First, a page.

This Week in Biohacking Health: MSG Is in Everything You Eat, Alcohol Linked to Dementia, and New Study Says Stop Counting CaloriesThis Week in Biohacking Health: MSG Is in Everything You Eat, and It’s Causing Chronic Pain
Why is restaurant and packaged food so dang good? Secret ingredient MSG enhances flavor, for sure, but a new study finds it’s linked to chronic pain — and it’s hiding in everything. Speaking of inflammatory culprits, another study shows conclusive evidence that alcohol causes dementia. If you drink two glasses a day, it could spell trouble. And on the topic of consumption, a survey reveals that humans grossly underestimate the amount of calories they eat. Get the details below, plus find out what other health headlines we clicked this week.
MSG Is in Everything You Eat, and It’s Causing Chronic Pain
Early research from a pilot study reveals a link between glutamate, a common flavor enhancer most often found in MSG, and chronic pain. When people cut monosodium glutamate (MSG) from their diet, their pain symptoms improved. Glutamate naturally occurs in some foods like soy sauce and parmesan cheese, however the more ubiquitous food additive MSG contains a lot of it, and hides in many foods, like canned soup, spices, salad dressing, frozen foods, and even baby food and formula. Though this study was small, it highlights other substantial findings linking MSG to neuron overstimulation.
Glutamate is produced naturally in the body and used for a variety of essential functions. While your brain needs a certain amount of glutamate to function, too much can overstimulate neurons and lead to cell damage and death. That overstimulation causes the brain’s pain receptors to go haywire and register pain. That’s why MSG, which contains high concentrations of glutamate, is never a good thing. Naturally occurring glutamate — found in autolyzed yeast and other natural ingredients — on the other hand, exist in trace amounts, and may cause food sensitivities and allergies in sensitive people but may be OK for the general population. As with all things Bulletproof, you need to test and see how you react.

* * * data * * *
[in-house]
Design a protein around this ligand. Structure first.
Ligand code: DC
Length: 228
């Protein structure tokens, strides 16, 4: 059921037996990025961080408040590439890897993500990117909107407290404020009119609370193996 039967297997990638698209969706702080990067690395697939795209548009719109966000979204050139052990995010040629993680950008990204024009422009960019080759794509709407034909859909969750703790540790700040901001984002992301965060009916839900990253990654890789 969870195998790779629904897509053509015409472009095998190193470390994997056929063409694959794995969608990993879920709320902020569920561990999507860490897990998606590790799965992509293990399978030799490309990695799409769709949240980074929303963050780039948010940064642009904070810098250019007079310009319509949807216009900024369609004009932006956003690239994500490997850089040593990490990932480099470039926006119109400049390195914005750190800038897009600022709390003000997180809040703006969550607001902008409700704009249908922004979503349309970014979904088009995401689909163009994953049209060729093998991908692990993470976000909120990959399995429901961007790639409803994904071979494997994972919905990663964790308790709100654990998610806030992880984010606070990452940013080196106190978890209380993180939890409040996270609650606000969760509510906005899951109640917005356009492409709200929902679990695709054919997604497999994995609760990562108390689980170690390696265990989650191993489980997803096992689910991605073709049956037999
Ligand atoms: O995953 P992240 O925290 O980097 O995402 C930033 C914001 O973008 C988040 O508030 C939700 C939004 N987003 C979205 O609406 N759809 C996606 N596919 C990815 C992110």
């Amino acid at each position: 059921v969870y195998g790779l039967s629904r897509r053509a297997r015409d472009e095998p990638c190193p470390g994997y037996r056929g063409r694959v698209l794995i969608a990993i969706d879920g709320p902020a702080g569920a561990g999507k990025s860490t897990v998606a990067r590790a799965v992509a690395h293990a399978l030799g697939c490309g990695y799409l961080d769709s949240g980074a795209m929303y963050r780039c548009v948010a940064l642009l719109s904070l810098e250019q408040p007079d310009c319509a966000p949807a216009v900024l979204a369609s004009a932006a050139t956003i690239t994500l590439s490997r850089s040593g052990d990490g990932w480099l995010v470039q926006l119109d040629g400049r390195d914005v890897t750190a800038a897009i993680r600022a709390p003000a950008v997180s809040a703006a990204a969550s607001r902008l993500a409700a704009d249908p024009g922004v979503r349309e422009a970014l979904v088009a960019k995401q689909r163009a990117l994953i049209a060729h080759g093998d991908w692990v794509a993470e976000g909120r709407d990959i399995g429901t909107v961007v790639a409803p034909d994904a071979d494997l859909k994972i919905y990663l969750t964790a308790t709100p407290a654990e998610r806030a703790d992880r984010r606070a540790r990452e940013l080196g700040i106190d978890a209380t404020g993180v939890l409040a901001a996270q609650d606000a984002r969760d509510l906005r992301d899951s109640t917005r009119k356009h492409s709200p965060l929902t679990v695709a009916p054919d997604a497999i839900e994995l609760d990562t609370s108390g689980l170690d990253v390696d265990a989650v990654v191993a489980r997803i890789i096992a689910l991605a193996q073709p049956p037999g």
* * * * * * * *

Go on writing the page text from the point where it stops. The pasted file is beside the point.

To avoid glutamate, check food labels. The following ingredients may contain glutamate or MSG:
- Autolyzed Yeast
- Calcium Caseinate
- Glutamic Acid
- Hydrolyzed Protein*
- Monopotassium Glutamate
- Monosodium Glutamate
- Sodium Caseinate
- Textured Protein
- Yeast Extract
- Yeast Food
- Yeast Nutrient
Go to restaurants that don’t use MSG: Eating out can be challenging because many chain restaurants use MSG. After all, it has a unique, savory flavor called umami that keeps you wanting more. Ask your server whether the restaurant uses MSG.
Cook proteins at low temperatures: Heating proteins at high temperatures (over 320 degrees) can damage the protein bonds and cause the formation of glutamate. Learn more about this and other here.
*Is there MSG in my hydrolyzed collagen protein?
The short answer: no, your collagen isn’t made of MSG.
Yes, the food additive that makes the salty-savory umami flavor comes from hydrolyzed protein. Yes, your collagen is technically hydrolyzed collagen protein.
But, there’s a big difference between the way both are made that produces completely different end products, both in taste and action.
The nasty, neurotoxic hydrolyzed protein (MSG) is made of yeast, soy, or other vegetable protein. Manufacturers produce the food additive using a strong acid reaction. The end product here is a mixture of hydrolyzed protein, and other nasty stuff (including neurotoxins) that you don’t want in your collagen.
Extra info if you want to geek out: breaking down hydrolyzed protein with acid produces the D-glutamic acid form. If something contains the D-form, you’ll know because it tastes salty and bitter due to the sodium it binds. There’s no mistaking it. That’s why food producers use it as a flavor enhancer.
Collagen protein is broken down using enzymes, not acid. Enzymatic hydrolysis produces the bioavailable, non-toxic L-glutamate form, which tastes completely neutral, not salty or bitter. That’s why you can put it in coffee without making it taste like burnt soup.